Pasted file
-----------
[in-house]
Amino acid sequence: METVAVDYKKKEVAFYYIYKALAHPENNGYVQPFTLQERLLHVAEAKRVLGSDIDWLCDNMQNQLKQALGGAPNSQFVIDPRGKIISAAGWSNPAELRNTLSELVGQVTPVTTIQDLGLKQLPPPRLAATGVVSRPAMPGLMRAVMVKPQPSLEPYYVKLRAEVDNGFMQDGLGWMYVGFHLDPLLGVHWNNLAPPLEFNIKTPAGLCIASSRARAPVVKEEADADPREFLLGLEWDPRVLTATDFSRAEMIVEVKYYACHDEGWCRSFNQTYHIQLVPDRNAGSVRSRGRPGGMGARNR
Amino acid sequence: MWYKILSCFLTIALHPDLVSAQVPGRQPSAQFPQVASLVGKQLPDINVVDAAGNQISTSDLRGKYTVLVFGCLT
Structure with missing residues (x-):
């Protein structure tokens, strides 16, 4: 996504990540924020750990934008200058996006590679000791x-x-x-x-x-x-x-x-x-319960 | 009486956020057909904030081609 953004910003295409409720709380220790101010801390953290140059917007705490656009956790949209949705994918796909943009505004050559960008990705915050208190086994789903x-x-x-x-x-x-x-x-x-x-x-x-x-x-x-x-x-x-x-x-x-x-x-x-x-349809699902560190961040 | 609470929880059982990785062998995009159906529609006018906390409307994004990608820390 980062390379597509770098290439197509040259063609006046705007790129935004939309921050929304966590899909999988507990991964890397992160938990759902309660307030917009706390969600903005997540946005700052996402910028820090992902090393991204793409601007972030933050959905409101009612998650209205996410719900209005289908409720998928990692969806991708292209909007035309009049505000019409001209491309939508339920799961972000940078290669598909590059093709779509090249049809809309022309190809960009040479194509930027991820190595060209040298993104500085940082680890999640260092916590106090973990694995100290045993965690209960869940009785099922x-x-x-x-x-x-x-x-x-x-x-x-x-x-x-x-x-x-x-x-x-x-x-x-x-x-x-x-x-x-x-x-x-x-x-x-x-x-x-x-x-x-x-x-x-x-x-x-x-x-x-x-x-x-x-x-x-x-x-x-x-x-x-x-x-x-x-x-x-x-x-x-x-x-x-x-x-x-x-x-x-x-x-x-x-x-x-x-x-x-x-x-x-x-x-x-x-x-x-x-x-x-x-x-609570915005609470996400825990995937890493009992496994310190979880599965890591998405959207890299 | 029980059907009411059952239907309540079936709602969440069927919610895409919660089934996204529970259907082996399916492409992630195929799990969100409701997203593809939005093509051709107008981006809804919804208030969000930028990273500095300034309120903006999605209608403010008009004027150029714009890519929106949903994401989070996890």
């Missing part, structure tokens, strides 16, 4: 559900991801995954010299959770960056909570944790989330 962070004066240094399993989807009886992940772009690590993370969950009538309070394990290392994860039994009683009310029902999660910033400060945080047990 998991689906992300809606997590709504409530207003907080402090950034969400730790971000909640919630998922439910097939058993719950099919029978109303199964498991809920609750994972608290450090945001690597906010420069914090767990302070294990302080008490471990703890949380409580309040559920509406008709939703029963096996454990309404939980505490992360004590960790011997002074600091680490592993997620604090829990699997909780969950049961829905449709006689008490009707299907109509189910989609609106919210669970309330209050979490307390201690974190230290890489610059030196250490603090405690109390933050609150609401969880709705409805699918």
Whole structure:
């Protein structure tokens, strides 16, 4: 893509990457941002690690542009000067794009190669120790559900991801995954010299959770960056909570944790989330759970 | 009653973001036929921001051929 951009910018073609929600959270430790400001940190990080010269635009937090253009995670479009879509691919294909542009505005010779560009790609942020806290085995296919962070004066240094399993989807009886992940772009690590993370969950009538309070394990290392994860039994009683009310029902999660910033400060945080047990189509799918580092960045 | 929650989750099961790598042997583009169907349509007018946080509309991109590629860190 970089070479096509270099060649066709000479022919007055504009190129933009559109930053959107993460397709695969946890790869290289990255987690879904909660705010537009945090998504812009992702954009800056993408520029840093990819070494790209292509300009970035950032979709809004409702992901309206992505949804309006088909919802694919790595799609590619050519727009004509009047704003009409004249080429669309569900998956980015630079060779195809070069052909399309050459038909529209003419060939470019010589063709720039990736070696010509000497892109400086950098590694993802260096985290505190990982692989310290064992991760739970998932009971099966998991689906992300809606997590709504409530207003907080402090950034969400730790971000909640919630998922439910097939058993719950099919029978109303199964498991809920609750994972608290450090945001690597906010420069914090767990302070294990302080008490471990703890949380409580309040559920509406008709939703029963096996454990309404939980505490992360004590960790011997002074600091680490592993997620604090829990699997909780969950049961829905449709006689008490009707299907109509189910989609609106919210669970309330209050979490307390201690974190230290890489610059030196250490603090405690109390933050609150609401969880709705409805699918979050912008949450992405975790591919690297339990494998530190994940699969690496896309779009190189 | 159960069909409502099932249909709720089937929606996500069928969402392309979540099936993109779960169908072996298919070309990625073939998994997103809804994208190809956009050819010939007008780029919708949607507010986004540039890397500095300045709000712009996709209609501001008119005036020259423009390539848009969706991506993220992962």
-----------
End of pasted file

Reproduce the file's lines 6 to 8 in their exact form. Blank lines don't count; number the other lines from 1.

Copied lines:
């Missing part, structure tokens, strides 16, 4: 559900991801995954010299959770960056909570944790989330 962070004066240094399993989807009886992940772009690590993370969950009538309070394990290392994860039994009683009310029902999660910033400060945080047990 998991689906992300809606997590709504409530207003907080402090950034969400730790971000909640919630998922439910097939058993719950099919029978109303199964498991809920609750994972608290450090945001690597906010420069914090767990302070294990302080008490471990703890949380409580309040559920509406008709939703029963096996454990309404939980505490992360004590960790011997002074600091680490592993997620604090829990699997909780969950049961829905449709006689008490009707299907109509189910989609609106919210669970309330209050979490307390201690974190230290890489610059030196250490603090405690109390933050609150609401969880709705409805699918």
Whole structure:
């Protein structure tokens, strides 16, 4: 893509990457941002690690542009000067794009190669120790559900991801995954010299959770960056909570944790989330759970 | 009653973001036929921001051929 951009910018073609929600959270430790400001940190990080010269635009937090253009995670479009879509691919294909542009505005010779560009790609942020806290085995296919962070004066240094399993989807009886992940772009690590993370969950009538309070394990290392994860039994009683009310029902999660910033400060945080047990189509799918580092960045 | 929650989750099961790598042997583009169907349509007018946080509309991109590629860190 970089070479096509270099060649066709000479022919007055504009190129933009559109930053959107993460397709695969946890790869290289990255987690879904909660705010537009945090998504812009992702954009800056993408520029840093990819070494790209292509300009970035950032979709809004409702992901309206992505949804309006088909919802694919790595799609590619050519727009004509009047704003009409004249080429669309569900998956980015630079060779195809070069052909399309050459038909529209003419060939470019010589063709720039990736070696010509000497892109400086950098590694993802260096985290505190990982692989310290064992991760739970998932009971099966998991689906992300809606997590709504409530207003907080402090950034969400730790971000909640919630998922439910097939058993719950099919029978109303199964498991809920609750994972608290450090945001690597906010420069914090767990302070294990302080008490471990703890949380409580309040559920509406008709939703029963096996454990309404939980505490992360004590960790011997002074600091680490592993997620604090829990699997909780969950049961829905449709006689008490009707299907109509189910989609609106919210669970309330209050979490307390201690974190230290890489610059030196250490603090405690109390933050609150609401969880709705409805699918979050912008949450992405975790591919690297339990494998530190994940699969690496896309779009190189 | 159960069909409502099932249909709720089937929606996500069928969402392309979540099936993109779960169908072996298919070309990625073939998994997103809804994208190809956009050819010939007008780029919708949607507010986004540039890397500095300045709000712009996709209609501001008119005036020259423009390539848009969706991506993220992962």